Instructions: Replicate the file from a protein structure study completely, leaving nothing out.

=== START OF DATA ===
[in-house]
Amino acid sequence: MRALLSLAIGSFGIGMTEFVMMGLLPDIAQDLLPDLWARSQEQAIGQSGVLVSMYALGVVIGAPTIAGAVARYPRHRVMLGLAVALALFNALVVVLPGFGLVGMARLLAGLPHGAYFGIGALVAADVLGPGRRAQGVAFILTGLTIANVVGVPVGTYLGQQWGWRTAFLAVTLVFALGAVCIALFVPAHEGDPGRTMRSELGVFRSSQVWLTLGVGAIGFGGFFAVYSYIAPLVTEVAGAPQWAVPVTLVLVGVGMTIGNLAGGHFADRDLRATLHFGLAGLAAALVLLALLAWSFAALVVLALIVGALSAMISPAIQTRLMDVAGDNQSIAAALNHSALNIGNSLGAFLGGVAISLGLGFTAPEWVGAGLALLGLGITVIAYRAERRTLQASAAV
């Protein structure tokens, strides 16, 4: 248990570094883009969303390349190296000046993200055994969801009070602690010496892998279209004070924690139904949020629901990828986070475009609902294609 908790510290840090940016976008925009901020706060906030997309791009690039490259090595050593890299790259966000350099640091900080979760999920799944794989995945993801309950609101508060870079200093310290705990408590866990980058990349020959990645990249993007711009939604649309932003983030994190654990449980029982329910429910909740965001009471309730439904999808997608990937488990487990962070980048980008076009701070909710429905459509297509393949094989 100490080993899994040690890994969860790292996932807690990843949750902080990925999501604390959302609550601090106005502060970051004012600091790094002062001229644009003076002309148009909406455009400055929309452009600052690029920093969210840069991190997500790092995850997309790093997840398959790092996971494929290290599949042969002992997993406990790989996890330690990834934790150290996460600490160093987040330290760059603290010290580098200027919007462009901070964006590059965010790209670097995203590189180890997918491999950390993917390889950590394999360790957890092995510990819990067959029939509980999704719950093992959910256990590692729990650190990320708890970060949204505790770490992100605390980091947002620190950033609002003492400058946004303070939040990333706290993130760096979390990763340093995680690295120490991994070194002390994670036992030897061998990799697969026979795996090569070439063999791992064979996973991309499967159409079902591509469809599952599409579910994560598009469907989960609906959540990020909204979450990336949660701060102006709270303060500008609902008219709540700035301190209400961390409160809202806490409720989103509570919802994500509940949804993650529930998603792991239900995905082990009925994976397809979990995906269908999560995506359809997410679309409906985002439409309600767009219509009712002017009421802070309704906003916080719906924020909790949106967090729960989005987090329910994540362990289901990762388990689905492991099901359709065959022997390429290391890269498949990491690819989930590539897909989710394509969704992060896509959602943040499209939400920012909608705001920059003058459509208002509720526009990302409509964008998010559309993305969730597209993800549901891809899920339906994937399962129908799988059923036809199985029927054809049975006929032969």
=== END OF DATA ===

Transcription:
[in-house]
Amino acid sequence: MRALLSLAIGSFGIGMTEFVMMGLLPDIAQDLLPDLWARSQEQAIGQSGVLVSMYALGVVIGAPTIAGAVARYPRHRVMLGLAVALALFNALVVVLPGFGLVGMARLLAGLPHGAYFGIGALVAADVLGPGRRAQGVAFILTGLTIANVVGVPVGTYLGQQWGWRTAFLAVTLVFALGAVCIALFVPAHEGDPGRTMRSELGVFRSSQVWLTLGVGAIGFGGFFAVYSYIAPLVTEVAGAPQWAVPVTLVLVGVGMTIGNLAGGHFADRDLRATLHFGLAGLAAALVLLALLAWSFAALVVLALIVGALSAMISPAIQTRLMDVAGDNQSIAAALNHSALNIGNSLGAFLGGVAISLGLGFTAPEWVGAGLALLGLGITVIAYRAERRTLQASAAV
């Protein structure tokens, strides 16, 4: 248990570094883009969303390349190296000046993200055994969801009070602690010496892998279209004070924690139904949020629901990828986070475009609902294609 908790510290840090940016976008925009901020706060906030997309791009690039490259090595050593890299790259966000350099640091900080979760999920799944794989995945993801309950609101508060870079200093310290705990408590866990980058990349020959990645990249993007711009939604649309932003983030994190654990449980029982329910429910909740965001009471309730439904999808997608990937488990487990962070980048980008076009701070909710429905459509297509393949094989 100490080993899994040690890994969860790292996932807690990843949750902080990925999501604390959302609550601090106005502060970051004012600091790094002062001229644009003076002309148009909406455009400055929309452009600052690029920093969210840069991190997500790092995850997309790093997840398959790092996971494929290290599949042969002992997993406990790989996890330690990834934790150290996460600490160093987040330290760059603290010290580098200027919007462009901070964006590059965010790209670097995203590189180890997918491999950390993917390889950590394999360790957890092995510990819990067959029939509980999704719950093992959910256990590692729990650190990320708890970060949204505790770490992100605390980091947002620190950033609002003492400058946004303070939040990333706290993130760096979390990763340093995680690295120490991994070194002390994670036992030897061998990799697969026979795996090569070439063999791992064979996973991309499967159409079902591509469809599952599409579910994560598009469907989960609906959540990020909204979450990336949660701060102006709270303060500008609902008219709540700035301190209400961390409160809202806490409720989103509570919802994500509940949804993650529930998603792991239900995905082990009925994976397809979990995906269908999560995506359809997410679309409906985002439409309600767009219509009712002017009421802070309704906003916080719906924020909790949106967090729960989005987090329910994540362990289901990762388990689905492991099901359709065959022997390429290391890269498949990491690819989930590539897909989710394509969704992060896509959602943040499209939400920012909608705001920059003058459509208002509720526009990302409509964008998010559309993305969730597209993800549901891809899920339906994937399962129908799988059923036809199985029927054809049975006929032969």